After reviewing the title single, All The Lights, I felt the need to bring you the rest of the beautifully produced album.
The album, which was released last year, takes a contemporary approach to folk-rock across twelve wonderful songs. Beginning with Things That Stop You Dreaming and Let Her Go, you are met with the outstanding compositions that Mike Rosenberg has written. Let Her Go, the chart successor of the album, appears second and demonstrates a level of genius in lyrical content and composition. It really is no surprise how it reached second in the UK Singles Chart and the top spot in fifteen others.
Staring at the Stars breaks between the famed Let Her Go and the titled song. With a banjo, a faster pace keeps your foot tapping through a fantastically written story. A clever use of brass instruments links in well with a subtle string accompaniment and adds a massive, but not overpowering layer, underneath the vocals.
All The Little Lights continues a softer theme from the earlier three and as I suggested in its own review, is the perfect song to introduce yourself to Passenger. It makes great use of instruments that together form a magical layer of sound that is performed underneath the ‘Ed Sheerany’ vocals that Passenger has.
The Wrong Direction is a lovely song to sing to with its mass of rhyming lyrics and feel good feeling that is a little more relaxed than other feel good songs about in the market. A contrasting Circles continues the story of the album in the sixth offering, with a slower start, it takes a little time before it kicks in and even then, it’s not a true kick. In a subtle way, the song builds up and before long, it’s filling up quite quickly. With easy lyrics taking the song into a nice chorus, it gives the album a soft break before a more harder hitting Keep On Walking, which starts the second half of the album with confidence.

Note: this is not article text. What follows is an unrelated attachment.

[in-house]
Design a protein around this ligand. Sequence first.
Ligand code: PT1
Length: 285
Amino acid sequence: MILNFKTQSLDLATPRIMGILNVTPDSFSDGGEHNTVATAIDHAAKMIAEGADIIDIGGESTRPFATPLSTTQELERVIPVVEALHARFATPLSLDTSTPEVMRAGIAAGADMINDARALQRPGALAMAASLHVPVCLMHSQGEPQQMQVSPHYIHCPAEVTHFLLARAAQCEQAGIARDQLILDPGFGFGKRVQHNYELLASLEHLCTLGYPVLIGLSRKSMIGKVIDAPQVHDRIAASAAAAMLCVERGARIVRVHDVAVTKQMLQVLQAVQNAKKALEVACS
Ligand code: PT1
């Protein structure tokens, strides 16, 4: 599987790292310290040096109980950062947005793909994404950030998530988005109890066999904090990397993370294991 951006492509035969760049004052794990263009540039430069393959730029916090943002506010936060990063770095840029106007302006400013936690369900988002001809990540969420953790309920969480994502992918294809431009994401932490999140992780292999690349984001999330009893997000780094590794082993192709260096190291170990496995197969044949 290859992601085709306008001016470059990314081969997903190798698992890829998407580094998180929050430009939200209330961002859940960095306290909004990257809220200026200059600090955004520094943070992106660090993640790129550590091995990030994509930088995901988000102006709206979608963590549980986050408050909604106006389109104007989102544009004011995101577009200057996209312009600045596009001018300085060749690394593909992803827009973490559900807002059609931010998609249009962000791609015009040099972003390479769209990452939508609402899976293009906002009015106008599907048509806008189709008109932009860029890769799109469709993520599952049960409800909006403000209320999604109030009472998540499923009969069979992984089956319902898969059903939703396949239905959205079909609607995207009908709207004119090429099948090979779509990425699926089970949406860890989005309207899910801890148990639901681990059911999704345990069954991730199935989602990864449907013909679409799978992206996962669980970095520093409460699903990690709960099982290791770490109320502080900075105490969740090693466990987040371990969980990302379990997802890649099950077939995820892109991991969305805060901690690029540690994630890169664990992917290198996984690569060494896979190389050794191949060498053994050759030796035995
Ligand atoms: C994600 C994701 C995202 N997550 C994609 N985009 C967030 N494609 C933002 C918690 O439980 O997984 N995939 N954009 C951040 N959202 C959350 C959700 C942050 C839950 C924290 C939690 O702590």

Where a lot of albums begin to deteriorate after the first half is over, this gradually gives a little more. Pleasant drumming adds a direction to the song with a constant beat emphasised on snare. A piano takes the song to an end as Patient Love begins. As a weaker song to what comparable earlier, it is a belated ‘album filler’ that seems to have no effect on anything. Despite being a nice, ‘pretty’ song, it really isn’t the one that stands out. Life’s For The Living starts as if it would continue a theme from Circles and The Wrong Direction, however it appears as another filler, just hidden behind a faster pace and some more interesting lyrics. I am, however, proven wrong about a minute and a half in, where the song transforms into something much more. It’s a modest ballad with brass instruments that echoes around with some beautiful harmonies.
The song appears in front of Holes which is another great song on offer. With a definite pace and rhythm, it has power and a great feeling of success. Its feel good factor is met with the addition of a piano that performs single chords over an acoustic guitar and a similar drum pattern to Keep On Walking. The lyrics are beautifully written and in parts, explicit. A change in vocal texture also adds a sense of anger to the song. The song is easily a favourite and would have made a stronger ending than Feather On The Clyde.
The ending to the album feels slower than what it naturally feels it should be, failing to take up opportunity to expand into something extraordinary. As you expect it to end, a live version of I Hate is thrown in and its comical lyrics are heard over the top of laughter. You can watch a video below of Passenger performing the song in London for an idea of its explicitly funny performance that reflects on a cynical view of life.
|Release Name:||All The Little Lights|
|Date:||2012, February 24th|